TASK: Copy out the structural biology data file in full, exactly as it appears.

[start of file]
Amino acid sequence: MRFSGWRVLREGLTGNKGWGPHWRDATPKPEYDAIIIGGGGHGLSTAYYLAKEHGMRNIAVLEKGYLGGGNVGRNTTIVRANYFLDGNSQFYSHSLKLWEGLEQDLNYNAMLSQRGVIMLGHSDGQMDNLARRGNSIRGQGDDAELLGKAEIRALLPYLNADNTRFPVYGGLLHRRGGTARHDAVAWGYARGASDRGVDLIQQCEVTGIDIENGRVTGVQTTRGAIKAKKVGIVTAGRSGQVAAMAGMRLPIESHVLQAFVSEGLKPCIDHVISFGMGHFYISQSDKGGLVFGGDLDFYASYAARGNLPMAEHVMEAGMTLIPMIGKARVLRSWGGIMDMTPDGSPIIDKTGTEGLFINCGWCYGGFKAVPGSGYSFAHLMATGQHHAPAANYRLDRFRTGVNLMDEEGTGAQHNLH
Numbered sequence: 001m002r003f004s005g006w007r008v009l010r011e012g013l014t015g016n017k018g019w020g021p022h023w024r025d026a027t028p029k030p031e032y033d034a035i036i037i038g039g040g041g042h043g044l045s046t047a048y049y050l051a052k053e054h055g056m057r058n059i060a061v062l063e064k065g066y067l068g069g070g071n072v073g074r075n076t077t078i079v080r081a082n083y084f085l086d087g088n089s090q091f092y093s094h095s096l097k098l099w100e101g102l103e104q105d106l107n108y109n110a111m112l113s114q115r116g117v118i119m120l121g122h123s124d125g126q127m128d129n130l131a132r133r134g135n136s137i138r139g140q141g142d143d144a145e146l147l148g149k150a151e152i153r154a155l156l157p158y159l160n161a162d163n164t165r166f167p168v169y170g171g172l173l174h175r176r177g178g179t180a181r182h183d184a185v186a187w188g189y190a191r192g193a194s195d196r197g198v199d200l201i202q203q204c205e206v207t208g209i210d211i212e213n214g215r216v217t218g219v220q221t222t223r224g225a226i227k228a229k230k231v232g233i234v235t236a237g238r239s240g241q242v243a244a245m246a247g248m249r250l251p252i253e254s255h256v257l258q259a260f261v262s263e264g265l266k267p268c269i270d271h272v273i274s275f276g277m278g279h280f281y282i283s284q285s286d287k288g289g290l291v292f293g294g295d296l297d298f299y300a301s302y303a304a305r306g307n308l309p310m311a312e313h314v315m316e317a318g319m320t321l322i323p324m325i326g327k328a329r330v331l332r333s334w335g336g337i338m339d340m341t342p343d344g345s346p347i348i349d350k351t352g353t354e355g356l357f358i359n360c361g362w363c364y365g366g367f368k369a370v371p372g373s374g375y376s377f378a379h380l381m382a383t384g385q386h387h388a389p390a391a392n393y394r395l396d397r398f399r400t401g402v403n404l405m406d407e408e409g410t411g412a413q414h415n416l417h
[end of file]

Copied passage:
Amino acid sequence: MRFSGWRVLREGLTGNKGWGPHWRDATPKPEYDAIIIGGGGHGLSTAYYLAKEHGMRNIAVLEKGYLGGGNVGRNTTIVRANYFLDGNSQFYSHSLKLWEGLEQDLNYNAMLSQRGVIMLGHSDGQMDNLARRGNSIRGQGDDAELLGKAEIRALLPYLNADNTRFPVYGGLLHRRGGTARHDAVAWGYARGASDRGVDLIQQCEVTGIDIENGRVTGVQTTRGAIKAKKVGIVTAGRSGQVAAMAGMRLPIESHVLQAFVSEGLKPCIDHVISFGMGHFYISQSDKGGLVFGGDLDFYASYAARGNLPMAEHVMEAGMTLIPMIGKARVLRSWGGIMDMTPDGSPIIDKTGTEGLFINCGWCYGGFKAVPGSGYSFAHLMATGQHHAPAANYRLDRFRTGVNLMDEEGTGAQHNLH
Numbered sequence: 001m002r003f004s005g006w007r008v009l010r011e012g013l014t015g016n017k018g019w020g021p022h023w024r025d026a027t028p029k030p031e032y033d034a035i036i037i038g039g040g041g042h043g044l045s046t047a048y049y050l051a052k053e054h055g056m057r058n059i060a061v062l063e064k065g066y067l068g069g070g071n072v073g074r075n076t077t078i079v080r081a082n083y084f085l086d087g088n089s090q091f092y093s094h095s096l097k098l099w100e101g102l103e104q105d106l107n108y109n110a111m112l113s114q115r116g117v118i119m120l121g122h123s124d125g126q127m128d129n130l131a132r133r134g135n136s137i138r139g140q141g142d143d144a145e146l147l148g149k150a151e152i153r154a155l156l157p158y159l160n161a162d163n164t165r166f167p168v169y170g171g172l173l174h175r176r177g178g179t180a181r182h183d184a185v186a187w188g189y190a191r192g193a194s195d196r197g198v199d200l201i202q203q204c205e206v207t208g209i210d211i212e213n214g215r216v217t218g219v220q221t222t223r224g225a226i227k228a229k230k231v232g233i234v235t236a237g238r239s240g241q242v243a244a245m246a247g248m249r250l251p252i253e254s255h256v257l258q259a260f261v262s263e264g265l266k267p268c269i270d271h272v273i274s275f276g277m278g279h280f281y282i283s284q285s286d287k288g289g290l291v292f293g294g295d296l297d298f299y300a301s302y303a304a305r306g307n308l309p310m311a312e313h314v315m316e317a318g319m320t321l322i323p324m325i326g327k328a329r330v331l332r333s334w335g336g337i338m339d340m341t342p343d344g345s346p347i348i349d350k351t352g353t354e355g356l357f358i359n360c361g362w363c364y365g366g367f368k369a370v371p372g373s374g375y376s377f378a379h380l381m382a383t384g385q386h387h388a389p390a391a392n393y394r395l396d397r398f399r400t401g402v403n404l405m406d407e408e409g410t411g412a413q414h415n416l417h